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Research Projects

During the period Sept 2018-Dec 2020, a team of researchers at the University of Manchester conducted a comprehensive study of the changing composition of the general practice workforce. Funding from the NIHR (National Institute for Health Research)  Health Services and Delivery programme allowed researchers  to conduct an in-depth case study at 5 GP practices, using interviews, observations with staff and surveys, and focus groups with patients to understand how things have changed as the workforce composition has changed.  An online survey of Practice Managers also allowed them to explore why specific types of practitioners were employed.

Among the most prominent findings from this study, they discovered that a lot of background work is needed to make sure that practices are able to appropriately distribute the limitless variety and unpredictability of problems brought by patients. Processes need to be in place to ensure that each type of problem is allocated to a practitioner whose skills allow them to deal with it. In addition, practitioners need to have access to ad hoc advice and support from more experienced colleagues when unable to fully resolve the problem/s.  

The processes of sorting and matching, as well as in-built flexibility to access support and advice, are not always clear to patients, particularly when their team is changing rapidly and they have limited information about what newer practitioners can do. Based on the findings, a short video was prepared that spells out how the general workforce is changing, explains the principles of ‘getting the right patient to the right practitioner’ through matching their problem with a practitioner’s skills or competencies, but also recognises the importance of immediate access to advice and support.

The video is readily accessible on YouTube.  We feel it may prove of particular interest for individual patients and patient groups in explaining new appointment systems, new practitioners, etc.  The video is available at  

Do You Suffer From Chronic Lower Back Pain?

Opportunity to take part in the MODULATE-LBP research study, using minimally invasive implant technology in the treatment of lower back pain with no prior surgery.


  • Chronic predominant back pain (for over 12 months)
  • Moderate or sever intensity (over 6/10 pain score)
  • No previous spinal surgery
  • Failed to respond to previous treatment
  • Over 18 year old

For further details:
Please contact the Pain Research Department at St Thomas’ Hospital:
Phone: 02071883237


Volunteers are needed to take pair in psychological research wihich aims to help explain distress and disability in chronic pain.

You may qualify if you:

  • Suffer from chronic pain
  • Are aged 18 and over
  • Are English-speaking

To take part, read our information leaflet and complete the short screening-questionnaire or get in touch with us.

Contact us:

Warwick Sleep & Pain Lab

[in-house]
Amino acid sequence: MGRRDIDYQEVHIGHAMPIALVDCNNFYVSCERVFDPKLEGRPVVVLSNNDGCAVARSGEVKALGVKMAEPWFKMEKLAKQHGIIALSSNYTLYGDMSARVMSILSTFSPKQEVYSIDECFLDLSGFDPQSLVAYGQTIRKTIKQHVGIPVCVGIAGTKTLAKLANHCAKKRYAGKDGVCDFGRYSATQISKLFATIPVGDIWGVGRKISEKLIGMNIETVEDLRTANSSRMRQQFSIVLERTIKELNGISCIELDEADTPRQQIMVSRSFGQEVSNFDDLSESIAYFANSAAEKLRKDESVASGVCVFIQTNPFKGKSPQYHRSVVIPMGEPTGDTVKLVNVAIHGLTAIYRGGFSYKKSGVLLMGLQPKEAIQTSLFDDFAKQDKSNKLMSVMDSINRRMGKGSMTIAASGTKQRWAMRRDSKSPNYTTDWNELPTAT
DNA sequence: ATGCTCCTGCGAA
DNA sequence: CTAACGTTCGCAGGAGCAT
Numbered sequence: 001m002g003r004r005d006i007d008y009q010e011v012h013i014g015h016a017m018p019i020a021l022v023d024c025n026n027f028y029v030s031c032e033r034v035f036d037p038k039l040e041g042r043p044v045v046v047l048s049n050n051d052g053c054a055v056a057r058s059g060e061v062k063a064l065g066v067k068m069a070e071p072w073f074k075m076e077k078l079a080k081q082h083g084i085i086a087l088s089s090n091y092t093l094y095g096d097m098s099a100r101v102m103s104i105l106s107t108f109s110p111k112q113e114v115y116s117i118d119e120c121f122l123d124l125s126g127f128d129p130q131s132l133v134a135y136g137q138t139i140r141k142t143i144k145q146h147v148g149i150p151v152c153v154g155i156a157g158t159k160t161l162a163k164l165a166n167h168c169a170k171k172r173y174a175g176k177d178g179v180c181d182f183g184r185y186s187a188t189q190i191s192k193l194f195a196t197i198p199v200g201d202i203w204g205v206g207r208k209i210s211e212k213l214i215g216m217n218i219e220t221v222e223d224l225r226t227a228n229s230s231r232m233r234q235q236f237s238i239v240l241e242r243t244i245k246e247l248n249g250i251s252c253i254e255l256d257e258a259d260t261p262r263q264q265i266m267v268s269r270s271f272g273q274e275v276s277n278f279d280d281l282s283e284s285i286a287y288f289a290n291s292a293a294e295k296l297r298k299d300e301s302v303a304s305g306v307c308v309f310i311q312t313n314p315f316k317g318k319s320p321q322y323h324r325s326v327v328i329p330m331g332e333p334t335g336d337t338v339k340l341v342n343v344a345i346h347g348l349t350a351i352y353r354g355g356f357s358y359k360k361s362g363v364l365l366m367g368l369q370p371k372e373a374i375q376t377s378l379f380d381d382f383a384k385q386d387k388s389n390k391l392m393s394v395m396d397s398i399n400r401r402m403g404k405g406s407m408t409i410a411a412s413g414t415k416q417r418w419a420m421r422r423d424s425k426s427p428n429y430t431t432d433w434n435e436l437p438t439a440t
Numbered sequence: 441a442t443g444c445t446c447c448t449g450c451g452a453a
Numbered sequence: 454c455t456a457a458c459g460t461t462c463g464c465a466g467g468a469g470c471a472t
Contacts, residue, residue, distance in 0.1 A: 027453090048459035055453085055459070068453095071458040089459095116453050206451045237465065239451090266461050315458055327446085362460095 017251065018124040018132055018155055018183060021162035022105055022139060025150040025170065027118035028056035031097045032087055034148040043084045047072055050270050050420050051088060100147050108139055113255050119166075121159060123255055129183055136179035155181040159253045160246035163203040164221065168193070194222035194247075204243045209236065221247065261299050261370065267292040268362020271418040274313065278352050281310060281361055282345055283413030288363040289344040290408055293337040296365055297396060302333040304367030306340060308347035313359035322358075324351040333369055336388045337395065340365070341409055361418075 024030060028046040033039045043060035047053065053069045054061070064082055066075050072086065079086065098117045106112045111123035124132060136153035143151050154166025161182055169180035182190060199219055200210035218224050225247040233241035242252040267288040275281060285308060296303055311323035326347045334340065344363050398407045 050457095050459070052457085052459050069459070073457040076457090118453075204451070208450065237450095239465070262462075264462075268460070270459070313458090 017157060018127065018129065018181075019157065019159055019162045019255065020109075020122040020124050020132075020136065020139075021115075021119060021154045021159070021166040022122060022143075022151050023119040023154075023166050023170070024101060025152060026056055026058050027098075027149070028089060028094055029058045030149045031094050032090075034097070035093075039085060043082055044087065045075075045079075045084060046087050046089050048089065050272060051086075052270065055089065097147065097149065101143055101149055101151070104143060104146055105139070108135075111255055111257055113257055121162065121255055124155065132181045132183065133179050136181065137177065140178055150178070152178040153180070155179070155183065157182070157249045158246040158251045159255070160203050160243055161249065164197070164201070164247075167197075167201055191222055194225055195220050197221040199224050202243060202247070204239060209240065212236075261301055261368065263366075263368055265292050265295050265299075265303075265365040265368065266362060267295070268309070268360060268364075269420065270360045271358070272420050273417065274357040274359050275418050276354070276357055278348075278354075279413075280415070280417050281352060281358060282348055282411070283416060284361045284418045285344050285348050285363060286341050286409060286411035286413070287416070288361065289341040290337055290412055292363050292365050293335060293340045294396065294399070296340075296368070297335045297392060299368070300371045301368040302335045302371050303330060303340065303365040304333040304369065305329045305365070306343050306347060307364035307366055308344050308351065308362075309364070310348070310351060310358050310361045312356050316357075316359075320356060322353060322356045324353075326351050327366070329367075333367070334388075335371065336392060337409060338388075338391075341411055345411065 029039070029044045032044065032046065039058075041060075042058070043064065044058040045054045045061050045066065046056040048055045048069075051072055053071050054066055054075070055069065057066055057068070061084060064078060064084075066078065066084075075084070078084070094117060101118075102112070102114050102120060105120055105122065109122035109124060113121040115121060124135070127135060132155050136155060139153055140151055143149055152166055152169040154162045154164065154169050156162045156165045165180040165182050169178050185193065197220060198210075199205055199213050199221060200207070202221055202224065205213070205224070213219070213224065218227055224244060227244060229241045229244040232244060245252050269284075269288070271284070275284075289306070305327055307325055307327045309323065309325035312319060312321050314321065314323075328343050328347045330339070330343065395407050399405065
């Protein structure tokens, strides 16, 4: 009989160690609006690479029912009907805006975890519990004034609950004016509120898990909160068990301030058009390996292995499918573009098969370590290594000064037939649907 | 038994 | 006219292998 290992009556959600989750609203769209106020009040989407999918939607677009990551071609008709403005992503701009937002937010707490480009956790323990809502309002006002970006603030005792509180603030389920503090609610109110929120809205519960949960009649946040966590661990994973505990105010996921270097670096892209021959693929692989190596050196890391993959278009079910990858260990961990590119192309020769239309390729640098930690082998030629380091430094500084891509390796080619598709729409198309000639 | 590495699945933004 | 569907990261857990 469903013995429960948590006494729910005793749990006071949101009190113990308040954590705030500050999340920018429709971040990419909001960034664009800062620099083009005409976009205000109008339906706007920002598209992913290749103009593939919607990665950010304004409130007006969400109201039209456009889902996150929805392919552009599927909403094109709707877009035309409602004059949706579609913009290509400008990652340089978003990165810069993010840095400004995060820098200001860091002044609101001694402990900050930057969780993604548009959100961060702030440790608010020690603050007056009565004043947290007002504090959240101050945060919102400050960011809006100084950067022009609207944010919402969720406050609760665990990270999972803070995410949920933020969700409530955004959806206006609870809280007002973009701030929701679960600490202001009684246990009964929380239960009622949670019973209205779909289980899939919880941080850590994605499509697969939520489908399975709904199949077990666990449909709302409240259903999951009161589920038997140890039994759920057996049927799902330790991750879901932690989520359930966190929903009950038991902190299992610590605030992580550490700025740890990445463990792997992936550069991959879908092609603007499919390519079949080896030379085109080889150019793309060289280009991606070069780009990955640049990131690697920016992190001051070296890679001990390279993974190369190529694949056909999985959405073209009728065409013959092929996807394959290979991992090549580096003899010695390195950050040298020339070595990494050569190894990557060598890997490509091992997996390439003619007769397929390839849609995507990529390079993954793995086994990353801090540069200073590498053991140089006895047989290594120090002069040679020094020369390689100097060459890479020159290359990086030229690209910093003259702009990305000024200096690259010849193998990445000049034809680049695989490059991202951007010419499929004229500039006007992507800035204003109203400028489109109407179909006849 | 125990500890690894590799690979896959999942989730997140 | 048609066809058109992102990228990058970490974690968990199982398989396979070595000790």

Tel: 07385600421
Visit our webpage:

Research Promotion event for PPG's:

Here are some useful and very popular upcoming online free events for your diary which PPG members may wish to attend if interested:

Patient and Public Involvement (PPI) in Research conference

The conference will:

  • Focus on hearing the voice of the PPI contributor, of the patient, the member of the public, who is working in partnership with researchers
  • Allow PPI contributors, both those new to PPI and those with experience of PPI, an opportunity for some online “networking”
  • Explore some innovative PPI approaches
  • Showcase the award winners of the inaugural PPI Excellence in Research awards at NUI Galway
  • Provoke reflection, discussion and debate on PPI

Want to have a say on how you think your NHS Health Data should be shared?

Parsonage Surgery are taking part in the below survey & would appreciate your support by completing an online survey.

Researchers from the CLIMB Project team (Clinical Informatics for Mind and Brain Health) based at the University of Cambridge would like to know your views on health data sharing. You can find more information on the CLIMB Project team and their aims at

Health data is information collected in the course of health care provided by the NHS (or HSC in Northern Ireland). It is used to provide care, and sometimes also for research to improve care for others. However, there are ways of controlling how health data is used.

The team are looking for men and women aged 16 or over (or under 16 with parental permission), who currently live in the UK, to visit website and take part in an anonymous online survey about health data sharing. The team have found that the survey takes on average between 15 and 20 minutes to complete but you can take a break in the middle if you prefer, and all questions have a prefer not to say option. There is the optional opportunity to leave an email address at the end should you wish, to receive the results of the survey when it has finished. The survey will close at the end of September 2020.